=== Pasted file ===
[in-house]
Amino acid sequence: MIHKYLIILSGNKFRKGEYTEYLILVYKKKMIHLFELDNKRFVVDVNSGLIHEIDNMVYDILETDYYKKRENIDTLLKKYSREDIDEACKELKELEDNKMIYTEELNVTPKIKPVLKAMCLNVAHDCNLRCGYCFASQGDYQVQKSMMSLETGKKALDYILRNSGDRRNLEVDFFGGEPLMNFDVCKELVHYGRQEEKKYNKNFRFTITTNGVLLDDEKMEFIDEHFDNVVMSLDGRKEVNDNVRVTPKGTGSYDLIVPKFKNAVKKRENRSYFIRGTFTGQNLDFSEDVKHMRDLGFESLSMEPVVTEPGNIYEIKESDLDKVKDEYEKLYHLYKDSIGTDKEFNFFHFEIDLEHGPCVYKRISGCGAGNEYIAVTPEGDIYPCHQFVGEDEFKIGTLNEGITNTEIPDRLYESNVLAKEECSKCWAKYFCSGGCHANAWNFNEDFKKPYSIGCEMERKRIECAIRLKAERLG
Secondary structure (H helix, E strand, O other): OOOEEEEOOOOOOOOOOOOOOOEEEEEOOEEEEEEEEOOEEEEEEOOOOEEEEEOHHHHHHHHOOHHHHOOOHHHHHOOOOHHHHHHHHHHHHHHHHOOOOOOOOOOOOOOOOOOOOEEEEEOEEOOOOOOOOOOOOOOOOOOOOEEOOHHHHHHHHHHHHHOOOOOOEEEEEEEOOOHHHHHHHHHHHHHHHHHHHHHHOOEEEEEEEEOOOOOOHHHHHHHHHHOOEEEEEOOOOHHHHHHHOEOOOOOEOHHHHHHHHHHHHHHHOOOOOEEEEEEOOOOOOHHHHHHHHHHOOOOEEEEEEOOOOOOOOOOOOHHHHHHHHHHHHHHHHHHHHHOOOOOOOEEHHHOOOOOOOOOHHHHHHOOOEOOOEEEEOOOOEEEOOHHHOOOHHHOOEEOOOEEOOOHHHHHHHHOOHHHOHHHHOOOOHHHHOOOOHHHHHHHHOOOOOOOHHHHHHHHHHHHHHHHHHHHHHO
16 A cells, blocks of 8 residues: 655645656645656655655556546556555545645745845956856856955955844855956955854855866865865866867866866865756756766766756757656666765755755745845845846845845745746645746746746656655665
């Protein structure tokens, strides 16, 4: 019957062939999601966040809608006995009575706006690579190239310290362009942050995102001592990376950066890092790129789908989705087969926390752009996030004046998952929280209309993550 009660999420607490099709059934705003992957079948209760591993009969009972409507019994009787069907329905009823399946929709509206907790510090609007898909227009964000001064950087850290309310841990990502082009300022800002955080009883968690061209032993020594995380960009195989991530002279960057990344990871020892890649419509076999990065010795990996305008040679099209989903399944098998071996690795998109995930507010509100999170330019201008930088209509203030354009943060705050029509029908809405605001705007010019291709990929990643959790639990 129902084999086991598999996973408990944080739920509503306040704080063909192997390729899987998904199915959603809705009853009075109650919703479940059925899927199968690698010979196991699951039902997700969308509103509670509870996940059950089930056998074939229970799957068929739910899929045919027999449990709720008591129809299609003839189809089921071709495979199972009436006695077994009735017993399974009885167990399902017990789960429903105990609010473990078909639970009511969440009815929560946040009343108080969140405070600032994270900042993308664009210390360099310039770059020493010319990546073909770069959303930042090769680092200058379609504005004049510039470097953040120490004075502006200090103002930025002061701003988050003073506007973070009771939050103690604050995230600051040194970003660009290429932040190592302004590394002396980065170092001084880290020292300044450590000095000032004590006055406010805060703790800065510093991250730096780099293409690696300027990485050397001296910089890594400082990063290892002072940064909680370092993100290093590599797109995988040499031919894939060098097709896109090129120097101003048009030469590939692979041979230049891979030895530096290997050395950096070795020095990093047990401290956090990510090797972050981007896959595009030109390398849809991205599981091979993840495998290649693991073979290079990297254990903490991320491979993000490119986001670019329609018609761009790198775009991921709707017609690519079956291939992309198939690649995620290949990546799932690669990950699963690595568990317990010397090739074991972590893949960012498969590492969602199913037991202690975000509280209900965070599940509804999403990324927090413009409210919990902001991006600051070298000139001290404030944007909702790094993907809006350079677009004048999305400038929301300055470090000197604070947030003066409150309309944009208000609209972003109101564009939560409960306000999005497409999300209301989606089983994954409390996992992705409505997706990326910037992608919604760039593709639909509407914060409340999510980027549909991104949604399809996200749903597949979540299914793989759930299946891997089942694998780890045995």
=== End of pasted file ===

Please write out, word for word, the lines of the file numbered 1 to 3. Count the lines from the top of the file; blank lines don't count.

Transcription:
[in-house]
Amino acid sequence: MIHKYLIILSGNKFRKGEYTEYLILVYKKKMIHLFELDNKRFVVDVNSGLIHEIDNMVYDILETDYYKKRENIDTLLKKYSREDIDEACKELKELEDNKMIYTEELNVTPKIKPVLKAMCLNVAHDCNLRCGYCFASQGDYQVQKSMMSLETGKKALDYILRNSGDRRNLEVDFFGGEPLMNFDVCKELVHYGRQEEKKYNKNFRFTITTNGVLLDDEKMEFIDEHFDNVVMSLDGRKEVNDNVRVTPKGTGSYDLIVPKFKNAVKKRENRSYFIRGTFTGQNLDFSEDVKHMRDLGFESLSMEPVVTEPGNIYEIKESDLDKVKDEYEKLYHLYKDSIGTDKEFNFFHFEIDLEHGPCVYKRISGCGAGNEYIAVTPEGDIYPCHQFVGEDEFKIGTLNEGITNTEIPDRLYESNVLAKEECSKCWAKYFCSGGCHANAWNFNEDFKKPYSIGCEMERKRIECAIRLKAERLG
Secondary structure (H helix, E strand, O other): OOOEEEEOOOOOOOOOOOOOOOEEEEEOOEEEEEEEEOOEEEEEEOOOOEEEEEOHHHHHHHHOOHHHHOOOHHHHHOOOOHHHHHHHHHHHHHHHHOOOOOOOOOOOOOOOOOOOOEEEEEOEEOOOOOOOOOOOOOOOOOOOOEEOOHHHHHHHHHHHHHOOOOOOEEEEEEEOOOHHHHHHHHHHHHHHHHHHHHHHOOEEEEEEEEOOOOOOHHHHHHHHHHOOEEEEEOOOOHHHHHHHOEOOOOOEOHHHHHHHHHHHHHHHOOOOOEEEEEEOOOOOOHHHHHHHHHHOOOOEEEEEEOOOOOOOOOOOOHHHHHHHHHHHHHHHHHHHHHOOOOOOOEEHHHOOOOOOOOOHHHHHHOOOEOOOEEEEOOOOEEEOOHHHOOOHHHOOEEOOOEEOOOHHHHHHHHOOHHHOHHHHOOOOHHHHOOOOHHHHHHHHOOOOOOOHHHHHHHHHHHHHHHHHHHHHHO